In the US Lab, FE-2 Reisman set up the hardware associated with urine and blood collections for his first session of NASA's NUTRITION w/Repository experiment, scheduled on his timeline tomorrow, requiring Garrett to start his mandatory 8-hr fasting tonight for the blood draw. (The 24-hr urine sampling begins with the first void tomorrow morning and continues through the first void on Sunday morning. The NUTRITION project is the most comprehensive in-flight study done by NASA to date of human physiologic changes during long-duration space flight. It includes measures of bone metabolism, oxidative damage, nutritional assessments, and hormonal changes, expanding the previous Clinical Nutritional Assessment profile (MR016L) testing in three ways: Addition of in-flight blood & urine collection (made possible by MELFI), normative markers of nutritional assessment, and a return session plus 30-day (R+30) session to allow evaluation of post-flight nutrition and implications for rehabilitation.)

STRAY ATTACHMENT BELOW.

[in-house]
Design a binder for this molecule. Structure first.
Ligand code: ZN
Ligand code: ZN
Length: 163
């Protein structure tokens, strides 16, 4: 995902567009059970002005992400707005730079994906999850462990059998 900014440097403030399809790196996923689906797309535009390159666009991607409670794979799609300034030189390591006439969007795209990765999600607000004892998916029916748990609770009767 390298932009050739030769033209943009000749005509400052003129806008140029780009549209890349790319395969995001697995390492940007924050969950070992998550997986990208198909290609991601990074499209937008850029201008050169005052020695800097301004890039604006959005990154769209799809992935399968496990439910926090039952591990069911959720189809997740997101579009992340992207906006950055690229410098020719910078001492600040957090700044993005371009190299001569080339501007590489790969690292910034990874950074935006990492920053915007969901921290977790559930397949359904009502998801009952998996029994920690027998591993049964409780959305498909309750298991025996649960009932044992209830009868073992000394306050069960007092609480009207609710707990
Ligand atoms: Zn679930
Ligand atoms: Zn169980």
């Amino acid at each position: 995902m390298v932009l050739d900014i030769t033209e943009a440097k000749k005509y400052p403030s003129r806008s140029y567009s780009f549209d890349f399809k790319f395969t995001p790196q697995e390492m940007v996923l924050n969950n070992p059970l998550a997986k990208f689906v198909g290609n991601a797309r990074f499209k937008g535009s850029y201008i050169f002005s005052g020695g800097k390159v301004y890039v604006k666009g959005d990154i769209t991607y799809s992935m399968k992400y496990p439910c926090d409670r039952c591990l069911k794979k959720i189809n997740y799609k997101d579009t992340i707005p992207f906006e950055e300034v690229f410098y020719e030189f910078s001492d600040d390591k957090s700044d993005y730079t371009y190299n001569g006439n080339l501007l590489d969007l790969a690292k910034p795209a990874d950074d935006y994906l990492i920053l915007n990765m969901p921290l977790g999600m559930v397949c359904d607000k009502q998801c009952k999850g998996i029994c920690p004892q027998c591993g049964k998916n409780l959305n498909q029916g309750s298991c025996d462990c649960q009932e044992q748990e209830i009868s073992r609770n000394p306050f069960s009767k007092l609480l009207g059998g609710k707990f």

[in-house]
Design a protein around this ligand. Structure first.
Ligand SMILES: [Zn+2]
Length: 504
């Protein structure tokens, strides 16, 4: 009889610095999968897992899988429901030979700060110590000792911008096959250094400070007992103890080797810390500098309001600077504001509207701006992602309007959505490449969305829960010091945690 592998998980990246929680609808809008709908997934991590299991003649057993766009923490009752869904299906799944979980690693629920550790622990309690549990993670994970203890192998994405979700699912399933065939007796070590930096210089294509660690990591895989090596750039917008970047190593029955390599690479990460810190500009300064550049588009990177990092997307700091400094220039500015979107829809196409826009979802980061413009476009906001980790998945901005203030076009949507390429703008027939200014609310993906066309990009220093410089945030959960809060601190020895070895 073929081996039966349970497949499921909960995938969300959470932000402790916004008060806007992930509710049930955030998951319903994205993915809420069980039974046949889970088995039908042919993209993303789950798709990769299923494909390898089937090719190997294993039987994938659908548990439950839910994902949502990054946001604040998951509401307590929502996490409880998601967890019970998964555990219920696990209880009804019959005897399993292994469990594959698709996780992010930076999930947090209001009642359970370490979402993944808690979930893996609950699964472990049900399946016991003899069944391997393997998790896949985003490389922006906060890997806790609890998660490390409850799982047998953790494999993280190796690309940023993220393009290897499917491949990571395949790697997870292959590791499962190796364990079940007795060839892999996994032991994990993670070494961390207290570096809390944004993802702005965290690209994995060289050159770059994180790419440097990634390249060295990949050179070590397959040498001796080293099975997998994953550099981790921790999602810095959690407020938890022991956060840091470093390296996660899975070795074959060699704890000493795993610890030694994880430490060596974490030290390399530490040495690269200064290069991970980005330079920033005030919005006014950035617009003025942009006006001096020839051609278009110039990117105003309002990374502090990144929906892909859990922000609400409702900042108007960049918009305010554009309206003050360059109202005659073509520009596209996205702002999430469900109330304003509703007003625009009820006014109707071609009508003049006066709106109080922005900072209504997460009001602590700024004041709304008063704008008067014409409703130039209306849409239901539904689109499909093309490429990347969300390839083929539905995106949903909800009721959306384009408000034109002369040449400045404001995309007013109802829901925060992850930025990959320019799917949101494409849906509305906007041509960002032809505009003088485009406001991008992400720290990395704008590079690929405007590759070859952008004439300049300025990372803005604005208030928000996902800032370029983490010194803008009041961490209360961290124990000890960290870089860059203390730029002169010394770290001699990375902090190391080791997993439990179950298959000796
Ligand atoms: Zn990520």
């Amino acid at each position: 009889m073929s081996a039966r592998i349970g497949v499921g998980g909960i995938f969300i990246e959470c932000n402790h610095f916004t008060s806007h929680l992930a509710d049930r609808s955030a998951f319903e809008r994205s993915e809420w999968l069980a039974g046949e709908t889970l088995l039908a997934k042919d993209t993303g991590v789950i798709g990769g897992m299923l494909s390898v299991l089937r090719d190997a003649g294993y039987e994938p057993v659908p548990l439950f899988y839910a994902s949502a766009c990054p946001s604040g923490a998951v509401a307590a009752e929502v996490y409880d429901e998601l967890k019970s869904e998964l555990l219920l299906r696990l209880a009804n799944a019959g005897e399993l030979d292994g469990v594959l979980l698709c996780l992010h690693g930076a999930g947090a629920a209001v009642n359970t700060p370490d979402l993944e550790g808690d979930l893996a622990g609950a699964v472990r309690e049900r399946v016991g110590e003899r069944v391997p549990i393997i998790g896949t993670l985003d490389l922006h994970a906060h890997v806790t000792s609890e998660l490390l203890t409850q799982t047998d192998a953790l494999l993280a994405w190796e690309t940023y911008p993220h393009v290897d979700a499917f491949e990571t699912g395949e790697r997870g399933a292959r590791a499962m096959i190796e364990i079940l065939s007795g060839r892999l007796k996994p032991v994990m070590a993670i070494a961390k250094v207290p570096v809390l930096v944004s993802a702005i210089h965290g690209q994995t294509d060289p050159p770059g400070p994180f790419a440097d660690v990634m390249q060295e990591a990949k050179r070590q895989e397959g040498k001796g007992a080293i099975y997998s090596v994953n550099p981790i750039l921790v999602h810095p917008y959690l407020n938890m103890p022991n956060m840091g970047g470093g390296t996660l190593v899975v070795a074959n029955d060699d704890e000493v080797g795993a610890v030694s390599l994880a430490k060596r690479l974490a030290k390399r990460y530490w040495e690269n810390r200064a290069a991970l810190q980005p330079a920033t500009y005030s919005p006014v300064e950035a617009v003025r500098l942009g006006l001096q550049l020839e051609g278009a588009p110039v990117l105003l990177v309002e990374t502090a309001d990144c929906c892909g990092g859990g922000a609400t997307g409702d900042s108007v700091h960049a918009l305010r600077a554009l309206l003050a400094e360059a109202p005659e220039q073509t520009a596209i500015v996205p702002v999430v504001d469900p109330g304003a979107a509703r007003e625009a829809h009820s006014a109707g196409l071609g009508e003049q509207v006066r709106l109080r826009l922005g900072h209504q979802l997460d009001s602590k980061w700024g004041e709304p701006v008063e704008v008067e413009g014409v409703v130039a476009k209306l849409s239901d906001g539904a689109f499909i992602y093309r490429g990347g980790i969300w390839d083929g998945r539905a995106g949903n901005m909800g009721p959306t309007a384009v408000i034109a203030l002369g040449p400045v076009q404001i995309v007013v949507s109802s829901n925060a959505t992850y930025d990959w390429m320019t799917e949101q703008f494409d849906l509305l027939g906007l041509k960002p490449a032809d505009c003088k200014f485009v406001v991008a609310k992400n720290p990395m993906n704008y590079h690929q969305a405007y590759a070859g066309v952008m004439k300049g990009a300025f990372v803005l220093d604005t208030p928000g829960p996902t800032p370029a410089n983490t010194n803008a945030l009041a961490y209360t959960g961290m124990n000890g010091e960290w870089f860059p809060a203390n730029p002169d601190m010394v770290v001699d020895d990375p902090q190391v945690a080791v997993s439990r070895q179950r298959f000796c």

CDR Whitson removed closeout panels in the Lab for IFM (Inflight Maintenance) of the port IMV (Intermodular Ventilation) valve of the THC (Temperature & Humidity Control) system, working with the ground to adjust the valve RMO (Remote Manual Override).

Yuri Malenchenko had another hour set aside for his end-of-increment cleanup and departure preparations. (Instructions on packing of return items and a keep vs. trash list were uplinked for assisting Yuri and Peggy in their preparing for their return in the severely downmass-limited Soyuz Descent Module. Trashed items will be stowed in the Orbital Module, to be separated along with the Instrumentation/Propulsion Module prior to atmospheric entry.)

Garrett Reisman spent ~60 minutes for general orientation (station familiarization & acclimatization), as is standard daily rule for the first two weeks after starting station residency

Afterwards, the FE-2 performed the regular monthly & quarterly maintenance of the TVIS (Treadmill with Vibration Isolation & Stabilization), inspecting the condition of harnesses, belt slats, corner bracket ropes, IRBAs (Isolation Restorative Bungee Assemblies) and gyroscope wire ropes for any damage or defects, lubricating as required plus recording time & date values.